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Children with asthma are exposed to multiple indoor allergens in their homes and many environmental risk factors that induce asthma symptoms. Reductions in these asthma triggers have been difficult to achieve and remediation intervention for single allergen have seldom been associated with decreased morbidity from asthma. The objective of this study was to determine whether a collaborative reduction for multiple asthma triggers present in indoor environmental could improve asthma related outcomes using environmental intervention for indoor allergens.
One hundred children with atopic asthma (age range 5-11 years), were enrolled in a controlled trial of an environmental intervention that lasted for six months and included education and remediation for exposure to multiple allergens. Home environmental exposures and asthma related complications were assessed six months after effective intervention; Children were randomly divided into two groups, an intervention group and a control group. The intervention group had fewer days with symptoms than did the control group during the intervention period (P<0.001) with a significant decline in admissions to emergency departments, hospitalization as well as decline in level of home allergens as D.Pteronyssinus and reduced complications of asthma. In conclusion, reducing exposure to indoor allergens significantly enhances quality of life for childhood asthma, as well as decreasing asthma symptoms.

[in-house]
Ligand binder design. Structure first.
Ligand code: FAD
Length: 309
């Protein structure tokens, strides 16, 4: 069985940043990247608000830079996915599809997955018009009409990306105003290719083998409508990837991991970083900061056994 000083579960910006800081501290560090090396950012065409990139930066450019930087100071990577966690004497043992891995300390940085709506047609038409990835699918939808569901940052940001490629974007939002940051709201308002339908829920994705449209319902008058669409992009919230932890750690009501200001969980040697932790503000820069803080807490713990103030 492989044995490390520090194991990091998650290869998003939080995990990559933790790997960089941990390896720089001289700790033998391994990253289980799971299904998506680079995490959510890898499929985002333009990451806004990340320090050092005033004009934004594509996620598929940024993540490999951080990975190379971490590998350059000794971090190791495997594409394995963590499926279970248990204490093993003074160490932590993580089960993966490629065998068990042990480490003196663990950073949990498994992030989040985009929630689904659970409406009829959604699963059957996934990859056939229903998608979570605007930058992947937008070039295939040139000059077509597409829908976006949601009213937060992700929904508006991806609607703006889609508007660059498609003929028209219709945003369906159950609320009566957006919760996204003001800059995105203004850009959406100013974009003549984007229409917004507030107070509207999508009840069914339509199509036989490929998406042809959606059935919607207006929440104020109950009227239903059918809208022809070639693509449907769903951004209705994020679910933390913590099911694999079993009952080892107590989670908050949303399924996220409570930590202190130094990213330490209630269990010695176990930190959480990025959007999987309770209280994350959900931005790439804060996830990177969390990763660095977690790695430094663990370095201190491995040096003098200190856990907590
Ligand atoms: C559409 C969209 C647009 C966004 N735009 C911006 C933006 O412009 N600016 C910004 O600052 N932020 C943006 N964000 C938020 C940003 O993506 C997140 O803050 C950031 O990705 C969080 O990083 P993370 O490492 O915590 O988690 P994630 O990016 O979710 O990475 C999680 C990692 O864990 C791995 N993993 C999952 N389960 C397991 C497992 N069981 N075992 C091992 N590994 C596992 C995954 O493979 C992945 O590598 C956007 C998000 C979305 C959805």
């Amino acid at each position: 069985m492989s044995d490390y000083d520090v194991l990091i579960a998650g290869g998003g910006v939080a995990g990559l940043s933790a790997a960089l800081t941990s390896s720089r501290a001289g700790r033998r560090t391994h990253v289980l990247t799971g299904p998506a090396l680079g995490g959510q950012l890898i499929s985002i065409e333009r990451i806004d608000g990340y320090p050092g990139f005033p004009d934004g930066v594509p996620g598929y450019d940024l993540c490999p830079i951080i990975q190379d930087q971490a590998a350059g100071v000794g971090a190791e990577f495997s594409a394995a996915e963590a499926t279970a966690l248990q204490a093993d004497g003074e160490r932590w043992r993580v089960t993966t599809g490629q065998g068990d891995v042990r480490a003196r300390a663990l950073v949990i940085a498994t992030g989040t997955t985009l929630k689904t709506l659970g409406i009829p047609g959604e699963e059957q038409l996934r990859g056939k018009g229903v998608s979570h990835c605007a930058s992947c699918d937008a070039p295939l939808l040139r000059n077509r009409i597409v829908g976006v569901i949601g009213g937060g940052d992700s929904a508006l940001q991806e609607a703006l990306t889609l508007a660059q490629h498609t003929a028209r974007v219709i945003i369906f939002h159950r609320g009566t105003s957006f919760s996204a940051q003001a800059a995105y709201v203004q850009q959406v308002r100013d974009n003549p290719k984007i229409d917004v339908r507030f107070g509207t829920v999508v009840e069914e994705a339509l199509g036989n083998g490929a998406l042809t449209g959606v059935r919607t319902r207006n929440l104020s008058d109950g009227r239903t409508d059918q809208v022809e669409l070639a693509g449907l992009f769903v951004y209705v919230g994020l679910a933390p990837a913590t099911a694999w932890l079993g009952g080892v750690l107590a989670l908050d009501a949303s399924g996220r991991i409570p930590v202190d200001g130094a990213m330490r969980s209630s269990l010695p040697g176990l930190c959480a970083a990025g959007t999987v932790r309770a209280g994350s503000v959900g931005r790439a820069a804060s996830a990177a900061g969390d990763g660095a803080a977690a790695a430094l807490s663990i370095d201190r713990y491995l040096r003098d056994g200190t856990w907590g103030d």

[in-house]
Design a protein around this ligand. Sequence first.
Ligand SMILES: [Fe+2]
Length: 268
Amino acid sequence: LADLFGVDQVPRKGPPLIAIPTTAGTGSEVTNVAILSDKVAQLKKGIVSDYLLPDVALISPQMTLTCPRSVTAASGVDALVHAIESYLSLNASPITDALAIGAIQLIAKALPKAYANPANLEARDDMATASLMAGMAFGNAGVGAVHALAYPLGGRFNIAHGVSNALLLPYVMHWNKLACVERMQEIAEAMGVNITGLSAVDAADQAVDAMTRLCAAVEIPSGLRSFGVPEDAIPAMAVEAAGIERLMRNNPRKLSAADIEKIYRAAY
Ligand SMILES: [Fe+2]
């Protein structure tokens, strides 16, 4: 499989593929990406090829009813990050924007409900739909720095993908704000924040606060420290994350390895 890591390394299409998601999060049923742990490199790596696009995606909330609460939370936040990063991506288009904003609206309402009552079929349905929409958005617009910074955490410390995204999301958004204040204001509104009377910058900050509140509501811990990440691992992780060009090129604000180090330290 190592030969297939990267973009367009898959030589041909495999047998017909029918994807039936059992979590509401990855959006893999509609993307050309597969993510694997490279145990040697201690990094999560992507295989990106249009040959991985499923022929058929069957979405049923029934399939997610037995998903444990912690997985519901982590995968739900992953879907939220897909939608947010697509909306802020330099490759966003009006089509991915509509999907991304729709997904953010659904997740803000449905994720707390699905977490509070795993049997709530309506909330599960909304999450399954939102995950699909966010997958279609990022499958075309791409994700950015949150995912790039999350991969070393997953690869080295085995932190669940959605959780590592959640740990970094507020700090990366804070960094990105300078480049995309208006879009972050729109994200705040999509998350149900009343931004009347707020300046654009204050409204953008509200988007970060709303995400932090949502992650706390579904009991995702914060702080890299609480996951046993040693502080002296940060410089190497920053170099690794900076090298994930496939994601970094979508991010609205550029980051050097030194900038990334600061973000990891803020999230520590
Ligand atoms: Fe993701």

Childhood asthmatics are commonly exposed to multiple allergens which may contribute to the increased asthma-related complications. Asthma management guidelines have stressed the need for environmental control measures but there is limited evidence of their efficacy (NHLB, 1997). Previous studies of environmental interventions for patients with asthma
have focused on single allergens such as dust mites rather than on multiple exposures encountered in many patients with childhood asthma. Measures to avoid exposure to dust mites , including bedding encasement, have reduced the levels of exposure to these allergens, but their clinical effectiveness remains a maker of controversy, (carter MC et al,2001).Exposure to cockroach allergens may aggravate asthma but reducing allergens levels has had no apparent clinical benefit.